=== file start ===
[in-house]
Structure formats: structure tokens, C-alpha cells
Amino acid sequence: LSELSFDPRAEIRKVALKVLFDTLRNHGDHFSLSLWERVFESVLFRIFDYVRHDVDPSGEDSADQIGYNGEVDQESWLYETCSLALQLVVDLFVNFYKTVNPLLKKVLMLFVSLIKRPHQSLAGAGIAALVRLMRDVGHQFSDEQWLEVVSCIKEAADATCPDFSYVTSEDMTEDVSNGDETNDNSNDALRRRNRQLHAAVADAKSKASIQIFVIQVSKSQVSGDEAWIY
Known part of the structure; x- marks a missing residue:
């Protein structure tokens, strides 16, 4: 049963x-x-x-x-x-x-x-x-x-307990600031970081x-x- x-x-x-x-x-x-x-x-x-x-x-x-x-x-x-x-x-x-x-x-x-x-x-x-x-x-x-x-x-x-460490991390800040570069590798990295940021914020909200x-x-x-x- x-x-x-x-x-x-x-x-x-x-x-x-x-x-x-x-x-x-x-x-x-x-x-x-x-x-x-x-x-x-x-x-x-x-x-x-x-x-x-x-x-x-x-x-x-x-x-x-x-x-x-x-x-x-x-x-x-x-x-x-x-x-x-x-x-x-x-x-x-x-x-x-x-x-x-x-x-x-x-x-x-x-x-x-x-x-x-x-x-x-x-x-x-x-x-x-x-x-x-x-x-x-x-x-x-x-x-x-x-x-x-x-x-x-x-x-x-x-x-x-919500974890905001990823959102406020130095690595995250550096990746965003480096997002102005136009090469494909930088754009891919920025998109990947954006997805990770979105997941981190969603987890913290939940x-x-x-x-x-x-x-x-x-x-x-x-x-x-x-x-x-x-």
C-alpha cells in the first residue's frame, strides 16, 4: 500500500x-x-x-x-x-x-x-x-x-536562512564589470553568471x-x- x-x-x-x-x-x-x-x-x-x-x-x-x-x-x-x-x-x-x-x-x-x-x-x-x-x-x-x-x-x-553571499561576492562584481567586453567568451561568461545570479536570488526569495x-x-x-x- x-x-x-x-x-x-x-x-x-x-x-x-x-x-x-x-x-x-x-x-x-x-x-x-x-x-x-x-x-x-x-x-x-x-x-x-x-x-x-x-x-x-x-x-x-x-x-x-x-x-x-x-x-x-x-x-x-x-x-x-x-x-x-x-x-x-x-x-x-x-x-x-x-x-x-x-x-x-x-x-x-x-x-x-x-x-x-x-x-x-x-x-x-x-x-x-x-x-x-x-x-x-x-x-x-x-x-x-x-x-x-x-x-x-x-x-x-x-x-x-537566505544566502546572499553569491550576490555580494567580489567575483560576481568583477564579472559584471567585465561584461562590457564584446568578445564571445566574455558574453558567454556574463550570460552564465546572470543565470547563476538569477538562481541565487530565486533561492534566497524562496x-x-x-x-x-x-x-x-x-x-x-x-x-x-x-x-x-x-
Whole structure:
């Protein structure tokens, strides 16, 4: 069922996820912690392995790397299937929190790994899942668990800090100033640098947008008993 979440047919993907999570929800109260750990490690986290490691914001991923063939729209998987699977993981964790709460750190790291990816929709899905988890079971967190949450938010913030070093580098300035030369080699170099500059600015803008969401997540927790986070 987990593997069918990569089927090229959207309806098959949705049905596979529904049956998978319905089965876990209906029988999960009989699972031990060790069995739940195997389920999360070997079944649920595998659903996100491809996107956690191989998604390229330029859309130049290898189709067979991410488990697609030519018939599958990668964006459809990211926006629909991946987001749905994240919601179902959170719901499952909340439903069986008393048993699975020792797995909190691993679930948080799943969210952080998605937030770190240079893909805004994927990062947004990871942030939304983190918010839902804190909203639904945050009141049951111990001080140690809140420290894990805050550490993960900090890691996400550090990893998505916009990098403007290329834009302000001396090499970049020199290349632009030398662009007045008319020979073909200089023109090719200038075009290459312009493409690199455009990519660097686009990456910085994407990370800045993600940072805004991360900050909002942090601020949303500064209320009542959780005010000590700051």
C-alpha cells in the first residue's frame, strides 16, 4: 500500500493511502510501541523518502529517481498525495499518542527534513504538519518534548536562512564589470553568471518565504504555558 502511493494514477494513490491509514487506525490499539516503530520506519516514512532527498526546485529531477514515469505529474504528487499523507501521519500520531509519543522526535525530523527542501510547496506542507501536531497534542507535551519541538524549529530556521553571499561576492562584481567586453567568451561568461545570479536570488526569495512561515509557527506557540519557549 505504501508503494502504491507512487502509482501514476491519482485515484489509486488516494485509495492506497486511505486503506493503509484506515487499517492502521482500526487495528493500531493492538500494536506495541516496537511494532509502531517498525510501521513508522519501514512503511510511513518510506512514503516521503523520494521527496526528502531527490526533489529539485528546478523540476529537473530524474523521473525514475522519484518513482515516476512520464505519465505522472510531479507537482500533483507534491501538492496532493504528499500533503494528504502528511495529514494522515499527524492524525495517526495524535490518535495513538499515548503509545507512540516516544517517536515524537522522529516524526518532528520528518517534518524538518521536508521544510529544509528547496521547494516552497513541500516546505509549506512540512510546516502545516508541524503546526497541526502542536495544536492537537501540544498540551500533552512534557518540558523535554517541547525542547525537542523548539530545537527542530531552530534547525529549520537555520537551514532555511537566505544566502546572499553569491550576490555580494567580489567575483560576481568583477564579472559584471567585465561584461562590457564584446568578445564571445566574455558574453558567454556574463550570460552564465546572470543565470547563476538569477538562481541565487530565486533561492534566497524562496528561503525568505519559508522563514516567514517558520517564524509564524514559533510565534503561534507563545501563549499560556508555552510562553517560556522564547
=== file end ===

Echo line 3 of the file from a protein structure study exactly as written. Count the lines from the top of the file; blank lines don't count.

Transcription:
Amino acid sequence: LSELSFDPRAEIRKVALKVLFDTLRNHGDHFSLSLWERVFESVLFRIFDYVRHDVDPSGEDSADQIGYNGEVDQESWLYETCSLALQLVVDLFVNFYKTVNPLLKKVLMLFVSLIKRPHQSLAGAGIAALVRLMRDVGHQFSDEQWLEVVSCIKEAADATCPDFSYVTSEDMTEDVSNGDETNDNSNDALRRRNRQLHAAVADAKSKASIQIFVIQVSKSQVSGDEAWIY